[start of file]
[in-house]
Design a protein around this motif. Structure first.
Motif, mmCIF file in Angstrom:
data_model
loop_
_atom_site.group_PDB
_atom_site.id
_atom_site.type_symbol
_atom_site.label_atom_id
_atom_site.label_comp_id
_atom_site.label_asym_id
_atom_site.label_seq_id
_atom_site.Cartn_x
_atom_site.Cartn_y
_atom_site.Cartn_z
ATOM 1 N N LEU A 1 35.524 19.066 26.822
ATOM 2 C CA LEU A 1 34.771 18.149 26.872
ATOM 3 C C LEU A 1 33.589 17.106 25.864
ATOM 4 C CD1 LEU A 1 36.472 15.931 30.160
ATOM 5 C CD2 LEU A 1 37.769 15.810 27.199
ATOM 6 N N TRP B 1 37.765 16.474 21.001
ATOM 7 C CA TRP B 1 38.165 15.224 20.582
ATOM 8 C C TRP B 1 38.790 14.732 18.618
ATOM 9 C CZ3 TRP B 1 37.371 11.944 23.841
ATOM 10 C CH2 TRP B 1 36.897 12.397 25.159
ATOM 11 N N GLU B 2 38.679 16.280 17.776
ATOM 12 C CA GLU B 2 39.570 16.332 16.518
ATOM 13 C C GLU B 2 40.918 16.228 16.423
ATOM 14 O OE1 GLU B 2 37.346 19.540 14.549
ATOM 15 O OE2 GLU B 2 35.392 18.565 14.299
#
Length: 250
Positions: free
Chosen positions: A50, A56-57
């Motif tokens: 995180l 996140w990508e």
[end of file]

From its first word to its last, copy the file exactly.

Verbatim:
[in-house]
Design a protein around this motif. Structure first.
Motif, mmCIF file in Angstrom:
data_model
loop_
_atom_site.group_PDB
_atom_site.id
_atom_site.type_symbol
_atom_site.label_atom_id
_atom_site.label_comp_id
_atom_site.label_asym_id
_atom_site.label_seq_id
_atom_site.Cartn_x
_atom_site.Cartn_y
_atom_site.Cartn_z
ATOM 1 N N LEU A 1 35.524 19.066 26.822
ATOM 2 C CA LEU A 1 34.771 18.149 26.872
ATOM 3 C C LEU A 1 33.589 17.106 25.864
ATOM 4 C CD1 LEU A 1 36.472 15.931 30.160
ATOM 5 C CD2 LEU A 1 37.769 15.810 27.199
ATOM 6 N N TRP B 1 37.765 16.474 21.001
ATOM 7 C CA TRP B 1 38.165 15.224 20.582
ATOM 8 C C TRP B 1 38.790 14.732 18.618
ATOM 9 C CZ3 TRP B 1 37.371 11.944 23.841
ATOM 10 C CH2 TRP B 1 36.897 12.397 25.159
ATOM 11 N N GLU B 2 38.679 16.280 17.776
ATOM 12 C CA GLU B 2 39.570 16.332 16.518
ATOM 13 C C GLU B 2 40.918 16.228 16.423
ATOM 14 O OE1 GLU B 2 37.346 19.540 14.549
ATOM 15 O OE2 GLU B 2 35.392 18.565 14.299
#
Length: 250
Positions: free
Chosen positions: A50, A56-57
């Motif tokens: 995180l 996140w990508e």